Writing today’s blog post made me realize that we all have phobias. I not only fear writing my signature in front of someone, I also have a phone phobia. Email and texting have been a blessing for me.


Until my next blog post

I hope you have a good book to read. I finished listening to A Million Reasons Why, by Jessica Strawser on CD last night, and I’m reading The Library of Legends, by Janie Chang on my tablet.

I’ve admitted some very private things in this blog post. I don’t expect any of you to tell me about your phobias when you leave a reply, but it helps me to know and might help you to know that a lot of people have at least one irrational phobia. Stop being hard on yourself or other people about their phobias. Most people are trying hard in this life and are doing the best they can.

If you know someone with bibliophobia or scriptophobia/graphophobia to the point it disrupts their lives, please encourage them to seek treatment. It makes me sad to know that there are people so afraid to read in public that it causes them mental and physical distress.

Trust me — it was easier to write 700 words about the 17th Amendment to the US Constitution than it was to write what I’ve posted today.

Note:  Get ready! June starts tonight at midnight. June is Audiobook Appreciation Month. As I’ve found it more and more difficult to read books in regular-sized print, I’ve come to appreciate audiobooks. I didn’t see that coming any more than I saw the topic of today’s blog post coming!

Janet

Opportunities to Hear Author Interviews

It occurred to me that some of you might not be aware of the multitude of opportunities online to hear and see authors being interviewed live online. I have found so many this spring that I created a calendar on which to pencil in the events so I won’t miss one.

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SIBA’S Reader Meet Writer Author Series

The Southern Independent Booksellers Alliance (SIBA) has many author interviews scheduled. In fact, they’re so prolific they’ve named the shows the Reader Meet Writer Author Series. They’re often publicized through the social media platforms of independent bookstores. They are free.

You just need to register through SIBA or your favorite independent bookstore’s website. Reminders are usually emailed to registrants the day of the interviews. Most are aired at 7pm on weeknights, but a few are during the day or on weekends.

Author Wiley Cash is the primary interviewer for the Reader Meet Writer Author Series. The SIBA Reader Meet Writer Author Series webpage is https://sibaweb.com/mpage/readermeetwriter, You can find past Reader Meet Writer Author Series interviews on YouTube.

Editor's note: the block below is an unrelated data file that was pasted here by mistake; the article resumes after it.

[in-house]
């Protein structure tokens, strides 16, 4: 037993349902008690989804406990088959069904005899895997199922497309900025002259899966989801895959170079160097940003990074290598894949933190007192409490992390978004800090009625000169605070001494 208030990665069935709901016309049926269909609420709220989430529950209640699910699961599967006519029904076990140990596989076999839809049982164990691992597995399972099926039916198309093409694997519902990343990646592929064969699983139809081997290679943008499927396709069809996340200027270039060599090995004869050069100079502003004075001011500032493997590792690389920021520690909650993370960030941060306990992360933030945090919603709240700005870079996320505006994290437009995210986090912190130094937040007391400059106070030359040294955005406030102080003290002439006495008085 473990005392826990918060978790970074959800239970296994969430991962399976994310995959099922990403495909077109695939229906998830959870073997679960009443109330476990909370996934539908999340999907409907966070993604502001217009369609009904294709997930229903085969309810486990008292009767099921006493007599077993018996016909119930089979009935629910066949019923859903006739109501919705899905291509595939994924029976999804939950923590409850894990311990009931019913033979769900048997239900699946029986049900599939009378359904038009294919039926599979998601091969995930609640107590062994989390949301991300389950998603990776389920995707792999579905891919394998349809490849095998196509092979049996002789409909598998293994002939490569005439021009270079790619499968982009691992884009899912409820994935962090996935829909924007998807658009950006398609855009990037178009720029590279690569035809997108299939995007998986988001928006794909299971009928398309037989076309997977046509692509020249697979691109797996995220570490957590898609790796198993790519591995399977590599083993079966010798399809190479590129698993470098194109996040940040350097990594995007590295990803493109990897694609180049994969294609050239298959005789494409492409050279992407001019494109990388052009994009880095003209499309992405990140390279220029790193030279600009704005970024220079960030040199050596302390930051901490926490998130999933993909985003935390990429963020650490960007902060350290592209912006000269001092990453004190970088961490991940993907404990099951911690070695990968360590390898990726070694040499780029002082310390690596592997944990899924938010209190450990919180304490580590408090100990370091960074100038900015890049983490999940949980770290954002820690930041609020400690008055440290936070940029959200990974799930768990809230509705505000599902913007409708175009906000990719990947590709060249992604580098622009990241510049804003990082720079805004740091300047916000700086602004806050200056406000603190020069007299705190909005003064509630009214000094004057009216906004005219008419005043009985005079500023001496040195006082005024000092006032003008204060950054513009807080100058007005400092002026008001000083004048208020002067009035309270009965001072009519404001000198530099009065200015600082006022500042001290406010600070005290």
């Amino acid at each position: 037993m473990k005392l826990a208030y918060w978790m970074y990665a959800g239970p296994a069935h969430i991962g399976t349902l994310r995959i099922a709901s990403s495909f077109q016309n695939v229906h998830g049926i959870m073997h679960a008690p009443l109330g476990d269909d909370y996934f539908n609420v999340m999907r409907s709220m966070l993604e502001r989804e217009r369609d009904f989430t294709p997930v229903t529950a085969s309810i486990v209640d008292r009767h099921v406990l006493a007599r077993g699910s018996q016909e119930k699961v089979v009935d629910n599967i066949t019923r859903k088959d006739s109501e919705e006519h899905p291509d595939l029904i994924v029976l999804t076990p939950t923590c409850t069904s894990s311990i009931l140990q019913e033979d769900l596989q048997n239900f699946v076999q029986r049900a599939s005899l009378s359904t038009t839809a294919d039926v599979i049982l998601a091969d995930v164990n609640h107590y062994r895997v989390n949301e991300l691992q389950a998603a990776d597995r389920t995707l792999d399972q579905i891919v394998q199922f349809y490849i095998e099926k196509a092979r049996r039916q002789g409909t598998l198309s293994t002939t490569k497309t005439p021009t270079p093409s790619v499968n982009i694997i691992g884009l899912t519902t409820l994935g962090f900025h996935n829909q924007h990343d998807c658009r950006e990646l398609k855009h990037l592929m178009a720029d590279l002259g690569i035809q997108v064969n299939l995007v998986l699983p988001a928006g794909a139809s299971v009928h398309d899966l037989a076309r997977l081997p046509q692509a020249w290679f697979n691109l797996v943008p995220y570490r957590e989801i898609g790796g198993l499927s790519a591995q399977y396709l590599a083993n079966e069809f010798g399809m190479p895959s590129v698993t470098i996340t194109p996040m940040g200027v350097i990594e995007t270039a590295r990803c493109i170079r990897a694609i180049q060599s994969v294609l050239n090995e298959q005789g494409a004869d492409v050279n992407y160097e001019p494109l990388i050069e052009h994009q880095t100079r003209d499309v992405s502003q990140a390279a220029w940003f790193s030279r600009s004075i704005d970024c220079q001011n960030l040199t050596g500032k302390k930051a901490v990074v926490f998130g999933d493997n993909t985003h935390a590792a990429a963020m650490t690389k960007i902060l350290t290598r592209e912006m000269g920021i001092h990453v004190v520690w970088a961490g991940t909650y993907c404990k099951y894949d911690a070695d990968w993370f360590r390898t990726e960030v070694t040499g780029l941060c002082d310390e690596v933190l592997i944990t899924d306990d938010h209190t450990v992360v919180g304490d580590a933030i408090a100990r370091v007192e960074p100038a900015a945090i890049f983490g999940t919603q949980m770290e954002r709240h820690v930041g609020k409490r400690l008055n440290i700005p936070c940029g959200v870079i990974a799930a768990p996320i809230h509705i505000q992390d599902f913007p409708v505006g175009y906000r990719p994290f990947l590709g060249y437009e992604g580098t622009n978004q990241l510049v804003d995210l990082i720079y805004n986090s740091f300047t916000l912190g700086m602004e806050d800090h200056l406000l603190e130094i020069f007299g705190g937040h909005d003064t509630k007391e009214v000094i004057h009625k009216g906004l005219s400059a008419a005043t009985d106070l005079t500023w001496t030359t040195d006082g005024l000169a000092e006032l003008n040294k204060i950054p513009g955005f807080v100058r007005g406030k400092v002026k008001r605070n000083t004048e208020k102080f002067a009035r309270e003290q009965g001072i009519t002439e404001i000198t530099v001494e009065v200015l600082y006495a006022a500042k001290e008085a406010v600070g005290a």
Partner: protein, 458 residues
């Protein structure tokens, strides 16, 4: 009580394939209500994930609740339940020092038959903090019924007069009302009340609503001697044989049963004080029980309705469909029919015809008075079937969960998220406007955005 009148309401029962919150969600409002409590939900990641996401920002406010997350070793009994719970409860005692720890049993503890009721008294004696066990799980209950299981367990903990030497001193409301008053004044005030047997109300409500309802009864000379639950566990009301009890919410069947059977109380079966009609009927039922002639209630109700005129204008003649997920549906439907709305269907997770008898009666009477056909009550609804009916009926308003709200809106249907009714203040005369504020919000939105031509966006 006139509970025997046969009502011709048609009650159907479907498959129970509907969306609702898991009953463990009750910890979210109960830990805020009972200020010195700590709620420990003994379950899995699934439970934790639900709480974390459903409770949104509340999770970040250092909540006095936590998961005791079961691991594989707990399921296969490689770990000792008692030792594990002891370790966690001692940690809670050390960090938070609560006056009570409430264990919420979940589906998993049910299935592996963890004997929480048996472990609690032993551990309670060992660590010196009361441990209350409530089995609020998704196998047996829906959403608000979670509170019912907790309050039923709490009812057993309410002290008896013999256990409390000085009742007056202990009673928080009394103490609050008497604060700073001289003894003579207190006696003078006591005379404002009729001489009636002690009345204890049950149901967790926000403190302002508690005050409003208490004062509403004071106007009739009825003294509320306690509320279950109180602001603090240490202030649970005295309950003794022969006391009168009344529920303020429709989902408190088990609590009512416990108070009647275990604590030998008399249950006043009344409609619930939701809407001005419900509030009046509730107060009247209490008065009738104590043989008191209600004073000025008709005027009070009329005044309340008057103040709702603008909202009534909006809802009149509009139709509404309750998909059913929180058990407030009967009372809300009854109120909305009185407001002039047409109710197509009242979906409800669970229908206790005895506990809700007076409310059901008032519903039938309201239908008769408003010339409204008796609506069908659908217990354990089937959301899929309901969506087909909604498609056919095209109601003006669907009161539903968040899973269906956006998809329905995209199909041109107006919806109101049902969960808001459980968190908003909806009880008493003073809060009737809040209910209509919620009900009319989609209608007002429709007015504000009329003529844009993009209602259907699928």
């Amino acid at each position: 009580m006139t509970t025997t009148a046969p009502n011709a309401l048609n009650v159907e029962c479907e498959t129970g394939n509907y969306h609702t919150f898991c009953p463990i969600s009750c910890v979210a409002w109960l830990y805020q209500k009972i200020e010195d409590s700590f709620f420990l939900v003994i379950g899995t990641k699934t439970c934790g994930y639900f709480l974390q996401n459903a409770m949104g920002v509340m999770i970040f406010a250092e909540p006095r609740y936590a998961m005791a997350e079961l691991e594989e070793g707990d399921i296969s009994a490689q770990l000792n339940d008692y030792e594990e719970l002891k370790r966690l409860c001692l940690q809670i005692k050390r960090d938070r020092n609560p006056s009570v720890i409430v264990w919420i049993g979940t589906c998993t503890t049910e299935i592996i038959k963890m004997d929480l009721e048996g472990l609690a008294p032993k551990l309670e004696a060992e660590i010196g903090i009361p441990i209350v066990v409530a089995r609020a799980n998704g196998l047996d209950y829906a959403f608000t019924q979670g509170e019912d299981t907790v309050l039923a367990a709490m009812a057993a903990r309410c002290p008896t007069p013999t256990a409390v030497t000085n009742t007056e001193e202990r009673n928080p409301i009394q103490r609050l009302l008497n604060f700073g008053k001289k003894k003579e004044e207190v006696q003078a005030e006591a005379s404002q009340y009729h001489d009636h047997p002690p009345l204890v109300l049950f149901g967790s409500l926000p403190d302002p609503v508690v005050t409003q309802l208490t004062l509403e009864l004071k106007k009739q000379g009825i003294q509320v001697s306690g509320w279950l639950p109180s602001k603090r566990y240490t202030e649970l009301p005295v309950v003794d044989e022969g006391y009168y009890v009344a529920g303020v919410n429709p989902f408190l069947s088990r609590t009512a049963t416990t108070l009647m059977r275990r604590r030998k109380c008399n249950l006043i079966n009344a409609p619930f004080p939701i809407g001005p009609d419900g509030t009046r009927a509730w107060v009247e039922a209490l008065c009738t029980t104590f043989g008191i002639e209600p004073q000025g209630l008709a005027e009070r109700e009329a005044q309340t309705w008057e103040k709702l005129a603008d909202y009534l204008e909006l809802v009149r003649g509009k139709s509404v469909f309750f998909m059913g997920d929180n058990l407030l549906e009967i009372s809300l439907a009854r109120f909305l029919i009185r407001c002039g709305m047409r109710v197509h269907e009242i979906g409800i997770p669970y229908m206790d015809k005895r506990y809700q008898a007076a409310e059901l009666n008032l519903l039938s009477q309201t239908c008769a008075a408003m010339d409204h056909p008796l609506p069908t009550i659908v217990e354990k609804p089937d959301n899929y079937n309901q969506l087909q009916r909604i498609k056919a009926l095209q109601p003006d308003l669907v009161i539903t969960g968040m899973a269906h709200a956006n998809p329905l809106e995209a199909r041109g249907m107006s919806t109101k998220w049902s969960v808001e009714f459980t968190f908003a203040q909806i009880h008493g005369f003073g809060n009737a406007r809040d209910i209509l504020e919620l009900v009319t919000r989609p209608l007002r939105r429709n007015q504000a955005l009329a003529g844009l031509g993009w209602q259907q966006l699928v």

Independent Bookstores’ Author Interviews

Look up the websites of various independent bookstores and check their events schedules. Then, sign up for their newsletters and/or their social media. You will then receive announcements of author interviews they’ve scheduled. As I write this, most of these are online-only events. It will be interesting to see how these events

Evolve as we come out of the Covid-19 pandemic. I hope even as in-store author events return, they will also be live-streamed so a greater audience can take advantage of them.

Friends and Fiction

I’ve mentioned this weekly Facebook Live group before, but it bears mentioning again. Friends and Fiction is a group of five authors (Mary Alice Monroe, Mary Kay Andrews, Kristin Harmel, Kristy Woodson Harvey, and Patti Callahan Henry) who meet virtually at 7:00 p.m. ET every Wednesday to discuss books and writing. They have a guest author almost every week.

You can find them on Facebook and join their page in order to get their occasional announcements. I look forward to this week’s segment because Pam Jenoff, one of my favorite authors, is the guest author.

You may recall that I blogged about Ms. Jenoff’s book The Orphan’s Tale on August 7, 2017 (Late July Reading)  and The Lost Girls of Paris on May 3, 2021 (5 Historical Novels I Read in April 2021.) I’m on the waitlist at the public library for her new historical novel, The Woman with the Blue Star.

Just announced: You can now find the Friends and Fiction interviews anywhere you listen to podcasts.

Author Websites and Their Social Media

Go to the websites of the authors that interest you, and click on “Events.” You’ll not only find information about any of their upcoming in-person appearances but also their virtual appearances. You can follow your favorite authors on social media and learn of their appearances that way, too.

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A Sampling of Authors I’m Hearing This Week